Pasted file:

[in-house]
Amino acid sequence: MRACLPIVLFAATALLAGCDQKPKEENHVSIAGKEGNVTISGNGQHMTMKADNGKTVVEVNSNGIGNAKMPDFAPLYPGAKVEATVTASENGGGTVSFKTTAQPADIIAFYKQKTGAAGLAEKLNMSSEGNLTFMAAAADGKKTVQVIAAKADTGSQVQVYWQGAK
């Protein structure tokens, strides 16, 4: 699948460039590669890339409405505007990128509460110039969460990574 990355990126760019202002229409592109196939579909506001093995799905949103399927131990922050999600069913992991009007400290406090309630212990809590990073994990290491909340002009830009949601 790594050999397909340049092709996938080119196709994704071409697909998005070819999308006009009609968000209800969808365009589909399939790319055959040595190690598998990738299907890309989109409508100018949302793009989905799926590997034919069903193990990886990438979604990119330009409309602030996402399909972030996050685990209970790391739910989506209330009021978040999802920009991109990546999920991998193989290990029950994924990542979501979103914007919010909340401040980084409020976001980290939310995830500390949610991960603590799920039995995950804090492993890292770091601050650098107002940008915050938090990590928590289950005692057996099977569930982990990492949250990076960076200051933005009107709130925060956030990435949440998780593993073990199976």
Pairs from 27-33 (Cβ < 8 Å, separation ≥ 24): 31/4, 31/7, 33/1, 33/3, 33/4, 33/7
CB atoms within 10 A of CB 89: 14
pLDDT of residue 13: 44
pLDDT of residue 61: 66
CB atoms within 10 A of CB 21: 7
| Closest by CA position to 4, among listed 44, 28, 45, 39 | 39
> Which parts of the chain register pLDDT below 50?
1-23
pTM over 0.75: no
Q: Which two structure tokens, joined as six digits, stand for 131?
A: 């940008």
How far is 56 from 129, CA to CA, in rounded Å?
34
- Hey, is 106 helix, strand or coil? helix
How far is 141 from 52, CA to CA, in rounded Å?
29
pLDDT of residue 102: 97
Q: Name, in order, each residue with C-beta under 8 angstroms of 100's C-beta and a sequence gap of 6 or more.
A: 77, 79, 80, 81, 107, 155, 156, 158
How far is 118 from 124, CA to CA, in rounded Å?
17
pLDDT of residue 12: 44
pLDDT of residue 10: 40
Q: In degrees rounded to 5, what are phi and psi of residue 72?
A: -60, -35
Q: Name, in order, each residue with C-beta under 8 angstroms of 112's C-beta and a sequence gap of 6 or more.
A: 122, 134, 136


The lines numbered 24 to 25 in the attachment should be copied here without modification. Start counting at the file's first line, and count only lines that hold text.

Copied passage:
17
pLDDT of residue 12: 44